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Inferring social meaning from language variation: liminality and gender

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posted on 2023-06-09, 18:57 authored by Evan Hazenberg
The variationist sociolinguistic enterprise has long been interested in the systematicities of language variation. While tensions between internal (structural) and external (social) factors have been productively explored within the variationist paradigm, there has been relatively little work addressing which factors drive change, and which merely condition it (e.g. Kristiansen 2011). The role of social meaning in shaping the trajectory of language change is being increasingly recognised, but the degree to which social interpretation of linguistic cues is subconscious (e.g. Campbell-Kibler 2010) complicates the matter from a methodological perspective. Beyond those variables that are easily articulable to members of a speech community (stereotypes in the Labovian sense), inferring social meaning from distribution alone is liable to underestimate the complexity of the social-structural interface. Multivariate analysis identifies factors that constrain variation, but cannot give any insight into the interpretability of those social constraints from the perspective of the speaker or the hearer. Perception studies provide a more socially-oriented analysis of the salience of variation (e.g. Niedzielski 1999, Strand 1999), but this experimental approach relies on already having identified relevant linguistic variables and social factors. By exploring a novel method for teasing apart social and structural variation, this paper presents a first step towards modelling these two types of variation independently, which will allow future research to more closely interrogate the processes by which synchronic variation accrues enough momentum to tip over into diachronic language change (e.g. Weinreich, Labov & Herzog 1968; Meyerhoff & Klaere 2017). This paper focuses on the linguistic production of people who have crossed a socially reified category boundary and who are invested in presenting an authentic identity once across. A comparison of the linguistic variation in the speech of these ‘liminal’ people with that observed in members of the broader speech communities on either side of the boundary allows us to not only note where there are linguistic differences with respect to that boundary, but also to see which of these differences carry enough social meaning for liminal speakers to make use of them. This approach is explored with two data sets: one in New Zealand using transsexual participants (considered liminal with respect to gender), and an ongoing pilot project examining regional variation in the UK using actors as professionally liminal performers. The New Zealand project, with its small (n=46) purpose-built corpus of sociolinguistic interviews, finds that young trans men’s vowels are sometimes aligned with those of young men and sometimes those of young women. Given that NZE vowels are known to be undergoing change (e.g. Hay, Maclagan & Gordon 2008) and that gender is generally implicated in phonological change (Labov 1990, 2001), it seems that these trans men are highly attuned to which vowels are gendered, and selectively manipulate those variables to present a socially interpretable gendered identity. The UK pilot tests two related questions: Is the liminality construct extendable beyond the narrow scope of gender? And is liminality as productive in differentiating the social from the structural within relatively stable systems?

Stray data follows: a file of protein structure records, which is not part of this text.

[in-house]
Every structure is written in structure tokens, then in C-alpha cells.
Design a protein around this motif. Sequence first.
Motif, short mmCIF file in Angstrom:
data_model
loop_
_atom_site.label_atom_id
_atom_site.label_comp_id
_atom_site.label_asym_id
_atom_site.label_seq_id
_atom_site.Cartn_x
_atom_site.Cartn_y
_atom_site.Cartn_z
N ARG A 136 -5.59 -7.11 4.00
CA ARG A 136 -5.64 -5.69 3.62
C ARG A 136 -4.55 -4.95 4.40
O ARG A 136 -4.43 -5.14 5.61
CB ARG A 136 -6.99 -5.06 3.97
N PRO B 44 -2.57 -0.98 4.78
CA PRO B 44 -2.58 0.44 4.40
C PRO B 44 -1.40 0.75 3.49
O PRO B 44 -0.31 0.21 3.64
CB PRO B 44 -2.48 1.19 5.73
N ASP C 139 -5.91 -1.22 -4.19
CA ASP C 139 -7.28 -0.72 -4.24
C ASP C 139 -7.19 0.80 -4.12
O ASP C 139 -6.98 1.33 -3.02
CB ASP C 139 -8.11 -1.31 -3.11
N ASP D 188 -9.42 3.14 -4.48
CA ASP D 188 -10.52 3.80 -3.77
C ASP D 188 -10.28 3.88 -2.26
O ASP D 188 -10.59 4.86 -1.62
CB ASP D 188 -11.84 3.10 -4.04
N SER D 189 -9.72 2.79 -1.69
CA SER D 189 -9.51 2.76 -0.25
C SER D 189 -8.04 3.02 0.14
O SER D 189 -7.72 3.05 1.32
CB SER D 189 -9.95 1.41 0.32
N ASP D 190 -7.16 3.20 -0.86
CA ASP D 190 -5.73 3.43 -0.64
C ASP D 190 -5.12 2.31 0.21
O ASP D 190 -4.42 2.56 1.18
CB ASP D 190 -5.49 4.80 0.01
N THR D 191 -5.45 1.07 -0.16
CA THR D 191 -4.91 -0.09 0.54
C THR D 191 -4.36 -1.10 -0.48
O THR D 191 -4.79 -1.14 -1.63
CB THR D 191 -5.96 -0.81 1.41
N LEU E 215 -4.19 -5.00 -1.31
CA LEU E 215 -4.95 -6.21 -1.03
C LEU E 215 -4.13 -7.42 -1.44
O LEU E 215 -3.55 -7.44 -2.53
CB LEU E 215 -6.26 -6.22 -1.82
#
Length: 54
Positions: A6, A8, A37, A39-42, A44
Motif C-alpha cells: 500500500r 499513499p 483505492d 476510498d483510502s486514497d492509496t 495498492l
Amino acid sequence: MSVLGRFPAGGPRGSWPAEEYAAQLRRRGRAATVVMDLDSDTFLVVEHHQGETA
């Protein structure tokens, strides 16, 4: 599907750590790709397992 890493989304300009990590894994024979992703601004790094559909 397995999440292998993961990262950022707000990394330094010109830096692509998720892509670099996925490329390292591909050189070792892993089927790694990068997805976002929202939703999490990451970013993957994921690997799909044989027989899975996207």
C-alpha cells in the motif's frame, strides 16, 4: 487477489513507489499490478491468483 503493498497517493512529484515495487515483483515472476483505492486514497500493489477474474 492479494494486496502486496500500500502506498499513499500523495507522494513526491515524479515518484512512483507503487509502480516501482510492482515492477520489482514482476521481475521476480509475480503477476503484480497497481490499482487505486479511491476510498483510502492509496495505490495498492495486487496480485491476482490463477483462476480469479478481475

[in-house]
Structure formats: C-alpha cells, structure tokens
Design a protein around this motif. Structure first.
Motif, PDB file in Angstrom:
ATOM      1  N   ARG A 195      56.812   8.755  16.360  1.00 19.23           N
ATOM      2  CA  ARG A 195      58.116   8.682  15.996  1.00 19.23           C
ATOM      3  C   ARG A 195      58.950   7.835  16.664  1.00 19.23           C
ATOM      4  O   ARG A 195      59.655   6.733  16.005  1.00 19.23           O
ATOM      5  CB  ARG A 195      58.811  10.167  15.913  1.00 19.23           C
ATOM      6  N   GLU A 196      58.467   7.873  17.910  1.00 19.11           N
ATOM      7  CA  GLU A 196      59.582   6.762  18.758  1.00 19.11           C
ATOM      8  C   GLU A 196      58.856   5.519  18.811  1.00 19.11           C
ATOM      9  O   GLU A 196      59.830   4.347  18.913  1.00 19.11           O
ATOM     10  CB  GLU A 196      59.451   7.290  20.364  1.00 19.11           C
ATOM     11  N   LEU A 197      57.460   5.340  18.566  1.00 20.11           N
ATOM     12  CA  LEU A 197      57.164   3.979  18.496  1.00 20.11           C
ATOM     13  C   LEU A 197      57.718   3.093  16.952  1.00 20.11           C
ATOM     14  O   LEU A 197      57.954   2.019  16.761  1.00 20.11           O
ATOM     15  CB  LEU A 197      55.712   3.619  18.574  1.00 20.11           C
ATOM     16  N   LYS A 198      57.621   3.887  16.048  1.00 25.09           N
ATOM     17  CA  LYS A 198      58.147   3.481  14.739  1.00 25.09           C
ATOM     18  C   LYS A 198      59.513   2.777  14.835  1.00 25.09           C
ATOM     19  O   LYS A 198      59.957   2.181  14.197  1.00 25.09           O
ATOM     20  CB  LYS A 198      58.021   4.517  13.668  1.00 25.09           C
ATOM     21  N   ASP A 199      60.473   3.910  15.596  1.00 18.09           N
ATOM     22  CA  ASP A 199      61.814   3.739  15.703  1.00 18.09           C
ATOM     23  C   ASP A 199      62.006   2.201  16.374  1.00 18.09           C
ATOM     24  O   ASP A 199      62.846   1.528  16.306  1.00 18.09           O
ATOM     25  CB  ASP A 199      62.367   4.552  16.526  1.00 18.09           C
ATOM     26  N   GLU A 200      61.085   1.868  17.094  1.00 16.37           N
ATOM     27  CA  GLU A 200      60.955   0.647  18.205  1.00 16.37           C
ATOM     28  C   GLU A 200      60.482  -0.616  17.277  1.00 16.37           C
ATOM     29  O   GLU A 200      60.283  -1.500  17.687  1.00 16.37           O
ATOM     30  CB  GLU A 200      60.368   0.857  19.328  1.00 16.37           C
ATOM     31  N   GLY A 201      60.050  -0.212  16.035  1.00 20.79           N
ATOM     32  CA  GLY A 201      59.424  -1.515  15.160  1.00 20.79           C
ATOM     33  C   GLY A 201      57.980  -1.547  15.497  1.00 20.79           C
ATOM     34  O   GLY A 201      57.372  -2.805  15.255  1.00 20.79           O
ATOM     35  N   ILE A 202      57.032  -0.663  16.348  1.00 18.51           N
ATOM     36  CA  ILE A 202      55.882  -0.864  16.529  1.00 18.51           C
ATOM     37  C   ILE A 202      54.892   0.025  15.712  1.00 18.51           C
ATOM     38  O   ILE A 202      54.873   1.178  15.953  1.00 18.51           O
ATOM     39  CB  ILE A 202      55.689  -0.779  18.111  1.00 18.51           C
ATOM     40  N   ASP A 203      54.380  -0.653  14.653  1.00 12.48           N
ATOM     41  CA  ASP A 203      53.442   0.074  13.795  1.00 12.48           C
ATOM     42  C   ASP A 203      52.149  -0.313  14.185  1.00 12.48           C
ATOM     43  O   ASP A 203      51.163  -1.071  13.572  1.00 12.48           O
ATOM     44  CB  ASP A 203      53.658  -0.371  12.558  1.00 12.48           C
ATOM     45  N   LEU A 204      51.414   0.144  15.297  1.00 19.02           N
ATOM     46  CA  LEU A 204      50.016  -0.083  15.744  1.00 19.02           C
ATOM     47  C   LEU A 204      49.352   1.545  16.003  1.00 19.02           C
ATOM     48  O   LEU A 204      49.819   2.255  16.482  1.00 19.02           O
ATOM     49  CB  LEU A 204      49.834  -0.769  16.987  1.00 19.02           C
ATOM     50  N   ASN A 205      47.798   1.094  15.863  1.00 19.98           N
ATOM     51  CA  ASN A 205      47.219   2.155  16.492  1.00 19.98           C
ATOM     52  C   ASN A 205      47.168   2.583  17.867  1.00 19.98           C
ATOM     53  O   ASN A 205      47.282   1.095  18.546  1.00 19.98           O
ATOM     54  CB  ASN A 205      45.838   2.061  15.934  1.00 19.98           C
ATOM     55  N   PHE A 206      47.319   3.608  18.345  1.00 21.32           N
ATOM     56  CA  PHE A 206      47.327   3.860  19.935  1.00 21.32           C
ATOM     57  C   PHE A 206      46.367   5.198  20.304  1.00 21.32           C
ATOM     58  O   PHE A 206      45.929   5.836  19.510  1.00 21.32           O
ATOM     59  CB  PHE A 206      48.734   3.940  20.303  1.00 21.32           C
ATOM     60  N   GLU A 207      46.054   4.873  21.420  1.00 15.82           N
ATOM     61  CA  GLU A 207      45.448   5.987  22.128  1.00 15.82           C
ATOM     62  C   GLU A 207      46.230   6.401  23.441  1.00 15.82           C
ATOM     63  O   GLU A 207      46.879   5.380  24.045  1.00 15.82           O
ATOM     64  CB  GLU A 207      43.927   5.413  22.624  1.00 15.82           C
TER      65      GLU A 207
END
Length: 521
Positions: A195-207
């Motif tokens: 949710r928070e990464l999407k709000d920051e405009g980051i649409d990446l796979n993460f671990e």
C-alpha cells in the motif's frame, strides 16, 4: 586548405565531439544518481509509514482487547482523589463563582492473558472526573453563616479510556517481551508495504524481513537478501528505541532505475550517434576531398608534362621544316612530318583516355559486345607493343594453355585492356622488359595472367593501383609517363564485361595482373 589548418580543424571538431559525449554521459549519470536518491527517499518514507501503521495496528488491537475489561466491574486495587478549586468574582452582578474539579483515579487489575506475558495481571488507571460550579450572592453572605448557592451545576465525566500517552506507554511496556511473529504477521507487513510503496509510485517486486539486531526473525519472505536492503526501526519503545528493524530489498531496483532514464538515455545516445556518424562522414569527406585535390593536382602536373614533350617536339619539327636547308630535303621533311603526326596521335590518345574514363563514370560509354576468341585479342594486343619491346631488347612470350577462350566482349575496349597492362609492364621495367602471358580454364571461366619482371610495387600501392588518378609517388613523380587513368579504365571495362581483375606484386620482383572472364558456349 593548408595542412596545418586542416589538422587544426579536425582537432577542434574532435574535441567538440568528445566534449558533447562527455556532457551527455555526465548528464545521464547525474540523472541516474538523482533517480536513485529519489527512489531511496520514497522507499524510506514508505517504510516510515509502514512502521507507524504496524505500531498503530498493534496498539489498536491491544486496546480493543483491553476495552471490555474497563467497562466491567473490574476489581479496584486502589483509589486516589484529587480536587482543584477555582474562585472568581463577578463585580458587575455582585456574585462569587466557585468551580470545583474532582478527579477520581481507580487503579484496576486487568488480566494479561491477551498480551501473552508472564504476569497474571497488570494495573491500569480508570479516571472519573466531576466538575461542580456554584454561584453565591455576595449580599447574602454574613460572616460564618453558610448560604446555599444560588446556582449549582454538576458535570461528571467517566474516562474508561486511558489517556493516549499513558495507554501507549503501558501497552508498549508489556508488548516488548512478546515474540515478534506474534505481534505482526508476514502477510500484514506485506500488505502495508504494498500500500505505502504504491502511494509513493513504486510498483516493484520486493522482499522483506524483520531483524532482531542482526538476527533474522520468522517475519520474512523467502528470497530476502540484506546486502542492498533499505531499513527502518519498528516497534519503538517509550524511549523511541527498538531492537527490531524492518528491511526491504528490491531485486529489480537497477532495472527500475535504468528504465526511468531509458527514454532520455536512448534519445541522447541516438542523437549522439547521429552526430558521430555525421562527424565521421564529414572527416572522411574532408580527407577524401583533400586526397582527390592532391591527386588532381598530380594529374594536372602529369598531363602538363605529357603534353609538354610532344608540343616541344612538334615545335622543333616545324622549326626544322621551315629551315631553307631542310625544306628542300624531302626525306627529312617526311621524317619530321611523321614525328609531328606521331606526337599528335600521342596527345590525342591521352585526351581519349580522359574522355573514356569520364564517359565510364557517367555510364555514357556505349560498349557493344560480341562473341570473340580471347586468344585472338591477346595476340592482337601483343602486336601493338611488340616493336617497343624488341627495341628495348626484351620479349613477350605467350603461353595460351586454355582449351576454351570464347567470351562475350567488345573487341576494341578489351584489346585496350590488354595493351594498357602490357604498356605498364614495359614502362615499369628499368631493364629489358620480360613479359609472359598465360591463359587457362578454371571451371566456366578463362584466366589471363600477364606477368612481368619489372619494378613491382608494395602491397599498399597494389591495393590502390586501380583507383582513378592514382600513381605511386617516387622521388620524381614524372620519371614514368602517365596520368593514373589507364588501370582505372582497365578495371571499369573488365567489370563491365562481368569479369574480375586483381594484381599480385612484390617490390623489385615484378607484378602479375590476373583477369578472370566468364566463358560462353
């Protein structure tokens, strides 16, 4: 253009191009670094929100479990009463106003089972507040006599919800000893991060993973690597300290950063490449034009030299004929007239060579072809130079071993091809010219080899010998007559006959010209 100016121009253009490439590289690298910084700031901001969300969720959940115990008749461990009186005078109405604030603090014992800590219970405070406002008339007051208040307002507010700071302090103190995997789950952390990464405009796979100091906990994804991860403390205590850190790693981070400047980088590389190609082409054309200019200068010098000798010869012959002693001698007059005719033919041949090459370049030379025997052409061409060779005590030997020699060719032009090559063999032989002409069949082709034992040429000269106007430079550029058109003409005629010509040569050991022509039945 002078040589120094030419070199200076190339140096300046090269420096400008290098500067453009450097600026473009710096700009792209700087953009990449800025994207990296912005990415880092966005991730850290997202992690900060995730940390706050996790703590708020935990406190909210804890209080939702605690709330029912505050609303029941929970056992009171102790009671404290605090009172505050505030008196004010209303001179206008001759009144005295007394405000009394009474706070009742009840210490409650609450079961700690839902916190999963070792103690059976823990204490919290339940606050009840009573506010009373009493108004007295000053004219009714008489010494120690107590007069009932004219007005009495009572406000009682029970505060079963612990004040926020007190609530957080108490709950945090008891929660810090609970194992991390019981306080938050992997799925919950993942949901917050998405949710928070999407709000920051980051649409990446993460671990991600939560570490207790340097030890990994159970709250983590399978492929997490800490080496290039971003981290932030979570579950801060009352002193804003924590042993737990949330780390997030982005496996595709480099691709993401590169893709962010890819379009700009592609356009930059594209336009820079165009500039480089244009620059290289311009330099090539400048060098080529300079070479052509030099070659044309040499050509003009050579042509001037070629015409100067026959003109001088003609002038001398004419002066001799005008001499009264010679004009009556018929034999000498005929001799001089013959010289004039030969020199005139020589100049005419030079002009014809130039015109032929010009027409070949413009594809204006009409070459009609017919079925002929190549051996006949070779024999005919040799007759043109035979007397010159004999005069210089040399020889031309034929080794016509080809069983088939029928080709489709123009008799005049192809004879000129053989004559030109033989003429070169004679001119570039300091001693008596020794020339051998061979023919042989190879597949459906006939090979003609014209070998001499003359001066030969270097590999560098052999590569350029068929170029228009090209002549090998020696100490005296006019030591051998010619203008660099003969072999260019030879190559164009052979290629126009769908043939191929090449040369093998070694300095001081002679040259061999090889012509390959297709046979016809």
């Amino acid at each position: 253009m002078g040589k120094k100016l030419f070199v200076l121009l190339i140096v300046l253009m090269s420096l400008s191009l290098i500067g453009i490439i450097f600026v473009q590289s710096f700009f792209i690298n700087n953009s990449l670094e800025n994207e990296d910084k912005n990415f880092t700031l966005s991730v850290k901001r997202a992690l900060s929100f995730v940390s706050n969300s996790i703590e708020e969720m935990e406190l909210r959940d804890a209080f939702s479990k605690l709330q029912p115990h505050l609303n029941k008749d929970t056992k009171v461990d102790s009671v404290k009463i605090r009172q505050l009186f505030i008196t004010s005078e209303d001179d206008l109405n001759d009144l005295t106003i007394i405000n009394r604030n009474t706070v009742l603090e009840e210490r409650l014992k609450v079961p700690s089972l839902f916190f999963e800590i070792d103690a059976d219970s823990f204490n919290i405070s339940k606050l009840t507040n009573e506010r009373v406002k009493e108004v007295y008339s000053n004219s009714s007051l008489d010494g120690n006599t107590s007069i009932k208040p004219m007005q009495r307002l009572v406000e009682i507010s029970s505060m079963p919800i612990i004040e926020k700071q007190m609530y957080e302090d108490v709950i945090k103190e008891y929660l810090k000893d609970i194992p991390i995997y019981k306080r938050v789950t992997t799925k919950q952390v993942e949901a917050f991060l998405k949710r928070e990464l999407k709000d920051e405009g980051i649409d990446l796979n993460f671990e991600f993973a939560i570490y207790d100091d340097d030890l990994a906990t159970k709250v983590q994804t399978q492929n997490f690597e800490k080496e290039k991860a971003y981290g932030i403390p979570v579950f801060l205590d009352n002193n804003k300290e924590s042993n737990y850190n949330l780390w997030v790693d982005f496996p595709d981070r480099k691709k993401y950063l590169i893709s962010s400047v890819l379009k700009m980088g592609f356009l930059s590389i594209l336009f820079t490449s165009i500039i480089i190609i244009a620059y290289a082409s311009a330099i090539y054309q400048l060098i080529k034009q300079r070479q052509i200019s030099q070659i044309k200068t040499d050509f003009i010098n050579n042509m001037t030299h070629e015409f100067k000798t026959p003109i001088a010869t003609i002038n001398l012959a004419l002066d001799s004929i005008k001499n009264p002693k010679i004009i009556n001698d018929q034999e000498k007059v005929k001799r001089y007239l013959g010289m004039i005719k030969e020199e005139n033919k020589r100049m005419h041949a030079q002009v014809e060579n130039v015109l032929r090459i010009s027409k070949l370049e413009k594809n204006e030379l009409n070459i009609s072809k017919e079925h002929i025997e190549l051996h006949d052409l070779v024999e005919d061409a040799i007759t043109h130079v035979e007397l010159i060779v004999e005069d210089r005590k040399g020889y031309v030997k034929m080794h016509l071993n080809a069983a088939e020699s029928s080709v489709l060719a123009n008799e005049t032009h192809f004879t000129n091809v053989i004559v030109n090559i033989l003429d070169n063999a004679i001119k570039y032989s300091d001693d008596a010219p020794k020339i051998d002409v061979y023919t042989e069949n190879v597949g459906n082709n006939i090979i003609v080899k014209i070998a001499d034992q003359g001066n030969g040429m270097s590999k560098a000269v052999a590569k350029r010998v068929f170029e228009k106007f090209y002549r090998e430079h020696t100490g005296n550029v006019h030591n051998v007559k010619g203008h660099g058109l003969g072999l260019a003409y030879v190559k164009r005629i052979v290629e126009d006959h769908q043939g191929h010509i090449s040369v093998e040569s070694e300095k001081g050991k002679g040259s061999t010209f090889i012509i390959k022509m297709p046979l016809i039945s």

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  • Published

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QMUL, London

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2-5 September 2019

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  • English Publications

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  • No

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